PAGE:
Laze on a sun lounger by the pool, shaded by floaty white curtains and gaze up at the fort.
Jump in a jeep and head into the countryside on a tour of the Bishnoi villages that lie southeast of Jodhpur.
Time your visit for October and groove to musicians from all over India and the world during the Rajasthan International Folk Festival.
Play batman for the day and whizz along the zip wires suspended between the fort and ridge tops, and over lakes with Flying Fox (www.flyingfox.asia). Children must be aged 10 or over to participate.
Discover the legends of the Mehrangarh Fort, the cannon-ball marks on the walls, the handprints on the portals and the story of the man who was buried alive here.
Try your hand at the tabla and other instruments during the interactive sessions at the RIFF, the Rajasthan International Folk Festival held annually in October.
Go on a treasure hunt, learn the decorative art of rangoli (flower) making, take part in a yoga class or learn how to play traditional Indian musical instruments.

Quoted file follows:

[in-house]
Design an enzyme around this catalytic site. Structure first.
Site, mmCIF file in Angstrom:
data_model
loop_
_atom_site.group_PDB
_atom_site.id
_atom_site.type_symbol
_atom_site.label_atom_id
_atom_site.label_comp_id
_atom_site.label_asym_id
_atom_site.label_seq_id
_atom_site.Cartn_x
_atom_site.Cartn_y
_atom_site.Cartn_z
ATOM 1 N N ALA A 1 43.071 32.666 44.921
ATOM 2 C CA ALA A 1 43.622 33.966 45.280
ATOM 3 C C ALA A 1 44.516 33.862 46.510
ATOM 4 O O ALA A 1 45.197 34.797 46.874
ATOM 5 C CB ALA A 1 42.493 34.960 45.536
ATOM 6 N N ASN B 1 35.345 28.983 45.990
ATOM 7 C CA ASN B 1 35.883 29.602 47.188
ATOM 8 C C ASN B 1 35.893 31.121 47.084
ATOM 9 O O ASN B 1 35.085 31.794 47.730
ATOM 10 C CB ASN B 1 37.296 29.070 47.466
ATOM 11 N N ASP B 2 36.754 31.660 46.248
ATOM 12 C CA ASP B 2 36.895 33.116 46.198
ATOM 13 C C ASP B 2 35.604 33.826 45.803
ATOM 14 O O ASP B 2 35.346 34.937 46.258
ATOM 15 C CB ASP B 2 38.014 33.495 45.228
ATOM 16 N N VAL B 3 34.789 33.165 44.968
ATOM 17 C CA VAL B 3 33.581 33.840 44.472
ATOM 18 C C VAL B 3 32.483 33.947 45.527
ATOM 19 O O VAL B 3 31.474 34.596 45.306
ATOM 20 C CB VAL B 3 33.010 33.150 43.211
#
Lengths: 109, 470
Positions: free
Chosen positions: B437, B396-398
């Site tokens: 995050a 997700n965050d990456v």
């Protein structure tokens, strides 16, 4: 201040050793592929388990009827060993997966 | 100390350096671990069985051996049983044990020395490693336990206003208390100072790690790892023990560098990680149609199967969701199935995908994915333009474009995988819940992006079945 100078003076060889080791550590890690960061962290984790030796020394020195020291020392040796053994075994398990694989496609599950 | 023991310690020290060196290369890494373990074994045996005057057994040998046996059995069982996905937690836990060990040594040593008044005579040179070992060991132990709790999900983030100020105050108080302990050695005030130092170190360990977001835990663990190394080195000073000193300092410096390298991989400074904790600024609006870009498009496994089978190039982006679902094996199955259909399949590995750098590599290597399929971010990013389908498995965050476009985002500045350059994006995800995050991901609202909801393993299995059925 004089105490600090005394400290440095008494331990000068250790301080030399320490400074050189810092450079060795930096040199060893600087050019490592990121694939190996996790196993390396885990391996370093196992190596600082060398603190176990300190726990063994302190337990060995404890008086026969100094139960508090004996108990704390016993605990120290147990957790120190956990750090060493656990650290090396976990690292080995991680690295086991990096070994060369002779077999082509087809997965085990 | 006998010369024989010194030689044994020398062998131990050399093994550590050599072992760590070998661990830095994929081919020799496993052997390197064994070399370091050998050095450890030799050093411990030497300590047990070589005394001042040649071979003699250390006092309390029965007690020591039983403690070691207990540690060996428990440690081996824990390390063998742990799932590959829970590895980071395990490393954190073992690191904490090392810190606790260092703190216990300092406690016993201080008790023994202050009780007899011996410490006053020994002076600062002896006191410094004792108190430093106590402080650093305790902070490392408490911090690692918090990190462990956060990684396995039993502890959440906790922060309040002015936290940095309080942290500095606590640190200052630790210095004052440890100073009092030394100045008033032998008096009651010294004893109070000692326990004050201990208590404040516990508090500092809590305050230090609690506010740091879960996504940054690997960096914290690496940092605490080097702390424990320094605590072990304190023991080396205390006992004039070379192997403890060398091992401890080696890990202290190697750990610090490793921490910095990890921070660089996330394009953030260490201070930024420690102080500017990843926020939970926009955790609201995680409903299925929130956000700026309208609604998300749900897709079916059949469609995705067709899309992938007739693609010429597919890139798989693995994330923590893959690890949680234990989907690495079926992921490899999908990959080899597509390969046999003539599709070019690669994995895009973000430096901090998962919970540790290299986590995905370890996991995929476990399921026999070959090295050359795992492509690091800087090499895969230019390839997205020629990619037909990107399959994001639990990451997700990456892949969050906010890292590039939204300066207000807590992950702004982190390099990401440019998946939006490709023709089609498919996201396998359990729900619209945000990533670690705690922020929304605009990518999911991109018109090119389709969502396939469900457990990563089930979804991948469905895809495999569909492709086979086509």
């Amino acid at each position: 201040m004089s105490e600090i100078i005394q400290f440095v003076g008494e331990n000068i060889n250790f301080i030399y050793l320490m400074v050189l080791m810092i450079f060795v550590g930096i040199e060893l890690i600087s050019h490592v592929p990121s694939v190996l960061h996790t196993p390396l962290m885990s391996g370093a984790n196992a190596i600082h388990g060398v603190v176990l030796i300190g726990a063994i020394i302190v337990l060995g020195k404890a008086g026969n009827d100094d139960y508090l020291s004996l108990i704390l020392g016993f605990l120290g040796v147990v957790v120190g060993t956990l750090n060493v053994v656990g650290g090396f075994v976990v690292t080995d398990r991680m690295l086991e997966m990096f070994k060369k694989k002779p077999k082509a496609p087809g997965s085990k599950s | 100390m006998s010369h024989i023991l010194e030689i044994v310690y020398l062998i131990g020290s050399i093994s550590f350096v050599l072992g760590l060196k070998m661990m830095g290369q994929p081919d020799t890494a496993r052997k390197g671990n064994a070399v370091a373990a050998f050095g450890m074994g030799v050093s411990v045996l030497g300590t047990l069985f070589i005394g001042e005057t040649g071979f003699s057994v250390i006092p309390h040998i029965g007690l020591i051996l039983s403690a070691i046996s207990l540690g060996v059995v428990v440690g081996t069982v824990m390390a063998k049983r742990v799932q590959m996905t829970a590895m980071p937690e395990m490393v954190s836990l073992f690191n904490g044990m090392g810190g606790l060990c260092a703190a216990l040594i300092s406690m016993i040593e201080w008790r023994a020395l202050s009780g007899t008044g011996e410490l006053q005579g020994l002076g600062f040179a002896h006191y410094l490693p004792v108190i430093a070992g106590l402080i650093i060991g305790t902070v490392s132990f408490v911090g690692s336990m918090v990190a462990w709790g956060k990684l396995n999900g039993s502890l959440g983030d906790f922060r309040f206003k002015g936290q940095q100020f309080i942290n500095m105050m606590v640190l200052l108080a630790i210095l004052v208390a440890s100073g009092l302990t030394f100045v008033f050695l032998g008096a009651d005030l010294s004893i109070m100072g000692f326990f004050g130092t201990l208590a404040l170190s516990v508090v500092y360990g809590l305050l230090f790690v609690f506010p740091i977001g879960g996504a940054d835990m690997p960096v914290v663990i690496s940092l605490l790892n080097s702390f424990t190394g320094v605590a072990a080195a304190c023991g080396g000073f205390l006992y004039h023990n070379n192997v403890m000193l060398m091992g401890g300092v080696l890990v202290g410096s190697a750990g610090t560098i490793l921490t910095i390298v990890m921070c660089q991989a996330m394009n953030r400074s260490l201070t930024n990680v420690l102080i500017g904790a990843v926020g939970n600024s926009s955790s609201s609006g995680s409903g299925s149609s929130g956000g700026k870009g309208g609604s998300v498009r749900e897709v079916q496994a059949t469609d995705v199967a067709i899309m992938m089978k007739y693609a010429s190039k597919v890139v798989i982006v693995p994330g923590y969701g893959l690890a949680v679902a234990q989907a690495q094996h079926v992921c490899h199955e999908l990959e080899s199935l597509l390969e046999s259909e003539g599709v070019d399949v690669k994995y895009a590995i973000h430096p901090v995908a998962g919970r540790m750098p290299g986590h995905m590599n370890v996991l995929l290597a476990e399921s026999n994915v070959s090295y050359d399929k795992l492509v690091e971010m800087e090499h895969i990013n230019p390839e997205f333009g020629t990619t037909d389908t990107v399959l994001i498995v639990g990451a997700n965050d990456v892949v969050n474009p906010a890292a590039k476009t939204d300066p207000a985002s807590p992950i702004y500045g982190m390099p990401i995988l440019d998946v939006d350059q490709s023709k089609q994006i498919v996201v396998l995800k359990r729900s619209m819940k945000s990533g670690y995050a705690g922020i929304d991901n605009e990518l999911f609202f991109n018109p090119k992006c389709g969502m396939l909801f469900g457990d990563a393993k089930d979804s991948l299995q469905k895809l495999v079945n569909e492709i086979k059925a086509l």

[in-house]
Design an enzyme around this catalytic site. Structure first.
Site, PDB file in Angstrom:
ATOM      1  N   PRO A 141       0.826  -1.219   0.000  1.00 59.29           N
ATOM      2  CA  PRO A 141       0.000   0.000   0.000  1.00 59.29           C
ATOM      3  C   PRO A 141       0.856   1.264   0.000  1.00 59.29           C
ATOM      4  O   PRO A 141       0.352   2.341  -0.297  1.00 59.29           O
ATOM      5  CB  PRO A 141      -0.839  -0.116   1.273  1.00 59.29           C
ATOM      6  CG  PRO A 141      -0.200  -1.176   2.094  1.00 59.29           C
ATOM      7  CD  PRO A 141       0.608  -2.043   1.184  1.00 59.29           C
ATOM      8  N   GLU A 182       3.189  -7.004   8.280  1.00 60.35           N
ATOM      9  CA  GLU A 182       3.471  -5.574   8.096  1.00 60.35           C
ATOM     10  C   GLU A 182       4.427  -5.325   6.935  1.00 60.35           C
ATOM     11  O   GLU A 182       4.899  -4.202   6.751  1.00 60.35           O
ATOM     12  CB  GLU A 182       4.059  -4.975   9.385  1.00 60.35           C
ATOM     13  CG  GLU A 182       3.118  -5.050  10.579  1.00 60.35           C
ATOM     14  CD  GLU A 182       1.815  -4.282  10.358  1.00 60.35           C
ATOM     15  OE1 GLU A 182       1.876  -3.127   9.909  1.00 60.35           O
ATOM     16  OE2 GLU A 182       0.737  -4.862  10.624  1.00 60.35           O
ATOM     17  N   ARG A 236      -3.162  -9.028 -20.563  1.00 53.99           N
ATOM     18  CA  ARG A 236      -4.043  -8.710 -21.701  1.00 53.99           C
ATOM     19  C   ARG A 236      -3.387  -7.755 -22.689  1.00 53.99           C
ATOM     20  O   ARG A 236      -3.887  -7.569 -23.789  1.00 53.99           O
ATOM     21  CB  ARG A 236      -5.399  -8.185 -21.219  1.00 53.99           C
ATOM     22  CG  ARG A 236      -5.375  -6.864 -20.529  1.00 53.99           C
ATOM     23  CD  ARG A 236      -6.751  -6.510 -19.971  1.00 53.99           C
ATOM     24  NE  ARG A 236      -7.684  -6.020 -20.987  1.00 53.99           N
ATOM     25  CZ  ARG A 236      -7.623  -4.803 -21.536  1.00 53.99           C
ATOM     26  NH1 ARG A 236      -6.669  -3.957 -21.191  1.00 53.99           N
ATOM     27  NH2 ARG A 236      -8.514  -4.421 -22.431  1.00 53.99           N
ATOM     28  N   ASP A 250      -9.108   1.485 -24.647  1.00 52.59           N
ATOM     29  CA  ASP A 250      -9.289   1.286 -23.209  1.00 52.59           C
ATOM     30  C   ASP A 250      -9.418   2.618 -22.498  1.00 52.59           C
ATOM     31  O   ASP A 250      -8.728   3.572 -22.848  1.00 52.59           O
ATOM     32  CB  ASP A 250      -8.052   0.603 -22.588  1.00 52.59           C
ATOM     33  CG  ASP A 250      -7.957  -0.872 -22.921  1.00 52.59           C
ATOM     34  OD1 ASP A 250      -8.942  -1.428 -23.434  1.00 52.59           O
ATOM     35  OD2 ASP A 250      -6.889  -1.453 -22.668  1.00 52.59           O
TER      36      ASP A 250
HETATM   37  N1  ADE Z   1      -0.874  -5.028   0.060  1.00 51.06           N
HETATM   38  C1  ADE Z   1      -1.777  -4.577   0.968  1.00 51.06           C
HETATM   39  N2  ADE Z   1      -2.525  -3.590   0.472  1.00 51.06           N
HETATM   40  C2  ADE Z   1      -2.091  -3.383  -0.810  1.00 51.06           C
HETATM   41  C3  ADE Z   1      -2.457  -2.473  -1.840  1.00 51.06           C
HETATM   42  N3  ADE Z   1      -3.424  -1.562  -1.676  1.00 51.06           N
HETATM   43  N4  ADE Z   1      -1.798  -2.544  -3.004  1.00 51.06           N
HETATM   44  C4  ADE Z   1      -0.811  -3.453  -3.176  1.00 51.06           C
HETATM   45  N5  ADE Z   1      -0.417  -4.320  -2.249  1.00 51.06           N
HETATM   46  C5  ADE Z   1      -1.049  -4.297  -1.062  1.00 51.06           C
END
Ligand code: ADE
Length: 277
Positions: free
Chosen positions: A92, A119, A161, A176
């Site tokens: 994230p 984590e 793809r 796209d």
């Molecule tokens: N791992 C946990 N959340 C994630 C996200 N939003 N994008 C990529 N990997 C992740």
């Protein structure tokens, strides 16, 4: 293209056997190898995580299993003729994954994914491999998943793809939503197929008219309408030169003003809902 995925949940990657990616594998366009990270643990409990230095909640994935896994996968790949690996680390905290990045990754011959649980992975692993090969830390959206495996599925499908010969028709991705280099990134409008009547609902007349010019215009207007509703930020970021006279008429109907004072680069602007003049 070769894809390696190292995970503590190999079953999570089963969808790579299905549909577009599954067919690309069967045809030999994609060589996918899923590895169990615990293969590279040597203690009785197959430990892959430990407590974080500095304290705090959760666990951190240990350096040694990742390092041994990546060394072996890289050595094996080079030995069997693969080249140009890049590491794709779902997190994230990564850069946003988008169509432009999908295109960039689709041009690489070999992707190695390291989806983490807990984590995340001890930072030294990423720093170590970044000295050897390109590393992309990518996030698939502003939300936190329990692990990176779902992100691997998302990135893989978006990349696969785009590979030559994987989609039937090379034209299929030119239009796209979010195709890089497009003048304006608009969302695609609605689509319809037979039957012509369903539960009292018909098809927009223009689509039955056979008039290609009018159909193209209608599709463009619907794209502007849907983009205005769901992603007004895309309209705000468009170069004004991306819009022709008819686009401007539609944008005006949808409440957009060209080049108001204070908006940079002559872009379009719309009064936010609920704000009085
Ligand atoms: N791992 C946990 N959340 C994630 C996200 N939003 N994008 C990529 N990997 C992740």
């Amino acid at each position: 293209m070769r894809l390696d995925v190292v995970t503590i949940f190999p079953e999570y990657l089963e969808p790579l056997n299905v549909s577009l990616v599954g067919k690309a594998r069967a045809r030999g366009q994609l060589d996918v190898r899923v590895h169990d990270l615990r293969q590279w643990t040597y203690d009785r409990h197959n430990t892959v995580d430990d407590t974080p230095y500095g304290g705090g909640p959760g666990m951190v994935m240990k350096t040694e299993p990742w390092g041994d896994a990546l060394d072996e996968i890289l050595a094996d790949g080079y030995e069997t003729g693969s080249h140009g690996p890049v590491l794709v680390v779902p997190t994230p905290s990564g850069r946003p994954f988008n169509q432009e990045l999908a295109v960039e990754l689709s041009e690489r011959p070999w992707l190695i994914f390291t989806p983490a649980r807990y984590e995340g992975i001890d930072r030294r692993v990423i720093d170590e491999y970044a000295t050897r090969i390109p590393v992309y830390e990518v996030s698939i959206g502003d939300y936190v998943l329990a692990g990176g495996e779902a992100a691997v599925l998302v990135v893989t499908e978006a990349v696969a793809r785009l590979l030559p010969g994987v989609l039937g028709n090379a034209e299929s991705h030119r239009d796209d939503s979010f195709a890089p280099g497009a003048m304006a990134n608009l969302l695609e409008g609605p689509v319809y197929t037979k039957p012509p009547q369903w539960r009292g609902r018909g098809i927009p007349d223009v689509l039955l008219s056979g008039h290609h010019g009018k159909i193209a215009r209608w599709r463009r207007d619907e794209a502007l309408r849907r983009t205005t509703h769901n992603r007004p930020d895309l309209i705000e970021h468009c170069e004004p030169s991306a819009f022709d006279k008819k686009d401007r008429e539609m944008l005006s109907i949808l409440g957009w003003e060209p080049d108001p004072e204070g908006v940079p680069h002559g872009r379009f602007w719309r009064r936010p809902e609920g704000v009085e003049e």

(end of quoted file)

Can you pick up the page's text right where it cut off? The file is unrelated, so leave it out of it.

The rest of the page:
Hop into one of the hotel’s customised blue autorickshaw and bump along the winding streets of the blue city.
Swim in the pool, play board games in the old stables, and then choose from one of 300 movies to watch on your in-room DVD player.
Go shopping in the colourful Sadar Market and bargain for puppets, leather shoes, silverware and handicrafts.
A/C, babysitting, central heating, common rooms, baby cots, doctor on call, nearest hospital is 7km away, maximum 1 extra bed per room, children 12 and above are required to have their own room, two Heritage Suites are inter-connecting, kids’ activities, laundry, pets allowed with prior notice, pushchair friendly, shop, spa, swimming pool, travel desk, WiFi.